In the previous lesson, we mentioned that consecutive calls to the
write method append text to the end. Here we are going to continue with this topic and learn how to work with files line by line.
How to write text line-by-line
We often have an iterator that provides text line by line. Of course, you can write a loop, but there's a better way — the
writelines method. Here's how it works:
f = open("foo.txt", "w") f.writelines(["cat\n", "dog\n"]) f.close() f = open("foo.txt", "r") print(f.read()) # => cat # => dog f.close()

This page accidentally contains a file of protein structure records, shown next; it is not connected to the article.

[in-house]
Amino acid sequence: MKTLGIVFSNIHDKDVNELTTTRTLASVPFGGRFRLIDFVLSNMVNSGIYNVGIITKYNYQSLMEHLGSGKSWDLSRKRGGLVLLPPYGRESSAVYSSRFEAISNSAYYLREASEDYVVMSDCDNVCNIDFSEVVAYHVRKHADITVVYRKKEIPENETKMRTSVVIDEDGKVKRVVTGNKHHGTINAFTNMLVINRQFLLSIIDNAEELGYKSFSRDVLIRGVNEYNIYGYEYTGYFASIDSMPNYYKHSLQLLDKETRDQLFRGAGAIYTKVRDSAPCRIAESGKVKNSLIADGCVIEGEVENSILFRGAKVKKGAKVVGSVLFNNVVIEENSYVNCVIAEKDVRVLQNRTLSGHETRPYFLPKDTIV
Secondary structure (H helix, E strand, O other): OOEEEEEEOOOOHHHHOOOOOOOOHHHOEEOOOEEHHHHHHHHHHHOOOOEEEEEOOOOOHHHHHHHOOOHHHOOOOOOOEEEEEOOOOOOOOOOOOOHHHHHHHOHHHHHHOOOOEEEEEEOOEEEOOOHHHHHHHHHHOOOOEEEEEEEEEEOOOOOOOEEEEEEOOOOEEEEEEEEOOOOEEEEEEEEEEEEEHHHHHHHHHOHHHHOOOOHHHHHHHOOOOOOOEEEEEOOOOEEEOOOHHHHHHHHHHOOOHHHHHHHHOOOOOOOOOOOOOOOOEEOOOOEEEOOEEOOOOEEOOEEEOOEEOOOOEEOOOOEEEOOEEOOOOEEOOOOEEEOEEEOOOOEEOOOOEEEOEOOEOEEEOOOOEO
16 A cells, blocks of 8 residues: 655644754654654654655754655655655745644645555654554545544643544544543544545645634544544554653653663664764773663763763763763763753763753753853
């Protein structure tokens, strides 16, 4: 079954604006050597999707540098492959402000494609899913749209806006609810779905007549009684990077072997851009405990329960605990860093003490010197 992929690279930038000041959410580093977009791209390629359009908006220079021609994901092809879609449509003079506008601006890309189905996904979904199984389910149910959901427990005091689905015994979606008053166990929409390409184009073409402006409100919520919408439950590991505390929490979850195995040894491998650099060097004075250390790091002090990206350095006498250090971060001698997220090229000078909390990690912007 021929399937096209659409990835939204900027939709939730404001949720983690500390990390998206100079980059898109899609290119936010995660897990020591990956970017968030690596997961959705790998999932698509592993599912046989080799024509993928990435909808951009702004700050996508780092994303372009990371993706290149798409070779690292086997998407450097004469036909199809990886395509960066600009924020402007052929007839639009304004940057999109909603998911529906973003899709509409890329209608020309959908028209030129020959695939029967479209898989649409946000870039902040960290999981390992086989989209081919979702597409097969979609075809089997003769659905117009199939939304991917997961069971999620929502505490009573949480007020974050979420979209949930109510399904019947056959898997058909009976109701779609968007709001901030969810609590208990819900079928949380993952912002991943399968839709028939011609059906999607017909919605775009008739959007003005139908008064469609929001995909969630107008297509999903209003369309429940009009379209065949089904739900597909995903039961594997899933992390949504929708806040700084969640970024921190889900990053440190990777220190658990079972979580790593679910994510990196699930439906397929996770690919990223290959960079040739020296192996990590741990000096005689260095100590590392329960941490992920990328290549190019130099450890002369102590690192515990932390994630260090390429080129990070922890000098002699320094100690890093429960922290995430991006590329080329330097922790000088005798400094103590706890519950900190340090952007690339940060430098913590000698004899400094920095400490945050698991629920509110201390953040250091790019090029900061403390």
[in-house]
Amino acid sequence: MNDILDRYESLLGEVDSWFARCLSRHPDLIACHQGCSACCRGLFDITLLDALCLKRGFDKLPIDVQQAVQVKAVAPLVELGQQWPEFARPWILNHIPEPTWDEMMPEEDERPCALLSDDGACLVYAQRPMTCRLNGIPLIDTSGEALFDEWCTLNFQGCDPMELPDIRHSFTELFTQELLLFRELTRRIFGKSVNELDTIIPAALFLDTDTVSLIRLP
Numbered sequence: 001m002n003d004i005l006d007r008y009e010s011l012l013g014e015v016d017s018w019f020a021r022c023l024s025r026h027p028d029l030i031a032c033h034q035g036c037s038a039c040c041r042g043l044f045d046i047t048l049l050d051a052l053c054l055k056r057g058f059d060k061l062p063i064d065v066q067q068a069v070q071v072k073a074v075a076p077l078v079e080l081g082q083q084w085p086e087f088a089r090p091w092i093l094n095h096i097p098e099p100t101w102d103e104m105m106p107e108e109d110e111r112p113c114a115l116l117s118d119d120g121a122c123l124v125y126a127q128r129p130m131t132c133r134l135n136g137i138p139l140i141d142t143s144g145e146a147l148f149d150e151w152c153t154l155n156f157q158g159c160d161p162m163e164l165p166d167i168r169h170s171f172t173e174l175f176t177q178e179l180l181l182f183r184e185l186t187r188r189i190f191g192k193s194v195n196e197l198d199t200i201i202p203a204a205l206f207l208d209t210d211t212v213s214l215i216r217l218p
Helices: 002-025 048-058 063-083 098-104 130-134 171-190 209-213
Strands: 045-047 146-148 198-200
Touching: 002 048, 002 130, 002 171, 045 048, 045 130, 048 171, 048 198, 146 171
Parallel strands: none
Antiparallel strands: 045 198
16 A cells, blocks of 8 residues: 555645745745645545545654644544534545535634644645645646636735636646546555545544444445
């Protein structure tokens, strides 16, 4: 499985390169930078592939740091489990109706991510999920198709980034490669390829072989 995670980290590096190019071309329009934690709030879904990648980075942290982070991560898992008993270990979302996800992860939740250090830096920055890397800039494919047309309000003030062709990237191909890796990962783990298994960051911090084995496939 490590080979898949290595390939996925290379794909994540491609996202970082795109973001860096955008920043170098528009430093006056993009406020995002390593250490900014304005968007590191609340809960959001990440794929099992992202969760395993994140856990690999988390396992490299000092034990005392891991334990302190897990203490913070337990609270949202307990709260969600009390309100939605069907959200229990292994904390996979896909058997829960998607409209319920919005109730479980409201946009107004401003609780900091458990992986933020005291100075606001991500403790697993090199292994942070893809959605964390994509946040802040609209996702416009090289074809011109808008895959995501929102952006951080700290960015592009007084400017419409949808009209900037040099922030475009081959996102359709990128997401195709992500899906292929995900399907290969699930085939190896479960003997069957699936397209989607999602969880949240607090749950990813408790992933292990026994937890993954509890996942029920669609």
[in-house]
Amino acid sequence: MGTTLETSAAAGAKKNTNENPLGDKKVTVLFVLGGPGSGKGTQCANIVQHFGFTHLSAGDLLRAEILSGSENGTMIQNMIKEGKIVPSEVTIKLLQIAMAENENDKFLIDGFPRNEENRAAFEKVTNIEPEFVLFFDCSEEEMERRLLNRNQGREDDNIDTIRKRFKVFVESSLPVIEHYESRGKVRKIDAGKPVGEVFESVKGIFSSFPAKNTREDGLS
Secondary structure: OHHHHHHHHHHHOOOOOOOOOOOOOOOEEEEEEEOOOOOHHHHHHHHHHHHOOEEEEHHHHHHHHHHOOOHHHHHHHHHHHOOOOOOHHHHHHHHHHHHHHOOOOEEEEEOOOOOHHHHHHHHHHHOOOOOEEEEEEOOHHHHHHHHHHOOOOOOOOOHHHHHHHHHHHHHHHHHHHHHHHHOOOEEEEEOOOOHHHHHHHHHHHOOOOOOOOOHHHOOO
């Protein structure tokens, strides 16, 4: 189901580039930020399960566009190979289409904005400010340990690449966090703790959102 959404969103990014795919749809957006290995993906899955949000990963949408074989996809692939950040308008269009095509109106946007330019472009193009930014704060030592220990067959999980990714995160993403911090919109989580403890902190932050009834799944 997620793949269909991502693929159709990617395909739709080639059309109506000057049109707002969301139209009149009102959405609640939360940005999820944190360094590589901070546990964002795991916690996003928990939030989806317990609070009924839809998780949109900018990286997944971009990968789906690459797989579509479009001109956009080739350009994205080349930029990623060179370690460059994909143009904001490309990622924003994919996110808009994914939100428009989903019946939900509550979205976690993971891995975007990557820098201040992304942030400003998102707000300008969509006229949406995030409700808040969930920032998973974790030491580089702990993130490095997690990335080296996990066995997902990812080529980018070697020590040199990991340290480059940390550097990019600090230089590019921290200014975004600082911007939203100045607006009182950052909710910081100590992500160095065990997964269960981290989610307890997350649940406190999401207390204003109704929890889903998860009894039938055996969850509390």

As you can see, we wrote all the lines in the correct order. This approach is preferable when you need to write a large amount of text that you receive and process line by line. It's possible to accumulate the entire text in a single string beforehand, but it may require much memory. We should write the lines as they become available, and
writelines is perfect.
How to read text line-by-line
You can not only write to a file line by line but also read it in the same way:
f = open("foo.txt") f.readline() # 'cat\n'